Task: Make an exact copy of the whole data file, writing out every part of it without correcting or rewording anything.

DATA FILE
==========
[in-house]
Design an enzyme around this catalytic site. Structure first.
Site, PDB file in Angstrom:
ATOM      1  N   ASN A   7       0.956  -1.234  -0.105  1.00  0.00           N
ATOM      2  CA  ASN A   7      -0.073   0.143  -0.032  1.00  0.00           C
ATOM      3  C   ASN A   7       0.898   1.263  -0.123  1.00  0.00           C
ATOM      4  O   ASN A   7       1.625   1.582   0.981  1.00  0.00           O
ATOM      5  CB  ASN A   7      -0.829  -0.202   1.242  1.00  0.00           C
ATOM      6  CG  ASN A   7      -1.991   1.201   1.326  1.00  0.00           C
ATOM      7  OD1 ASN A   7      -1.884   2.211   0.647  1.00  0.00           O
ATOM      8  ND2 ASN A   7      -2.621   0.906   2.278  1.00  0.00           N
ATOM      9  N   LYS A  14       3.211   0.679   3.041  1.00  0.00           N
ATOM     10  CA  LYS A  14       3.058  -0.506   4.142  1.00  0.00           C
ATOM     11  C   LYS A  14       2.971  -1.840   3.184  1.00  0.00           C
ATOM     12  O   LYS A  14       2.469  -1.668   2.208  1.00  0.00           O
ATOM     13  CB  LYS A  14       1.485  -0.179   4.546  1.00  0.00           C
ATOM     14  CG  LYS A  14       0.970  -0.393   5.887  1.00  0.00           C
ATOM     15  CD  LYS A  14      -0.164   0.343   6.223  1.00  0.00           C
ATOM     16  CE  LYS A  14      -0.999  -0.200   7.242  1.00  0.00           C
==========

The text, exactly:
[in-house]
Design an enzyme around this catalytic site. Structure first.
Site, PDB file in Angstrom:
ATOM      1  N   ASN A   7       0.956  -1.234  -0.105  1.00  0.00           N
ATOM      2  CA  ASN A   7      -0.073   0.143  -0.032  1.00  0.00           C
ATOM      3  C   ASN A   7       0.898   1.263  -0.123  1.00  0.00           C
ATOM      4  O   ASN A   7       1.625   1.582   0.981  1.00  0.00           O
ATOM      5  CB  ASN A   7      -0.829  -0.202   1.242  1.00  0.00           C
ATOM      6  CG  ASN A   7      -1.991   1.201   1.326  1.00  0.00           C
ATOM      7  OD1 ASN A   7      -1.884   2.211   0.647  1.00  0.00           O
ATOM      8  ND2 ASN A   7      -2.621   0.906   2.278  1.00  0.00           N
ATOM      9  N   LYS A  14       3.211   0.679   3.041  1.00  0.00           N
ATOM     10  CA  LYS A  14       3.058  -0.506   4.142  1.00  0.00           C
ATOM     11  C   LYS A  14       2.971  -1.840   3.184  1.00  0.00           C
ATOM     12  O   LYS A  14       2.469  -1.668   2.208  1.00  0.00           O
ATOM     13  CB  LYS A  14       1.485  -0.179   4.546  1.00  0.00           C
ATOM     14  CG  LYS A  14       0.970  -0.393   5.887  1.00  0.00           C
ATOM     15  CD  LYS A  14      -0.164   0.343   6.223  1.00  0.00           C
ATOM     16  CE  LYS A  14      -0.999  -0.200   7.242  1.00  0.00           C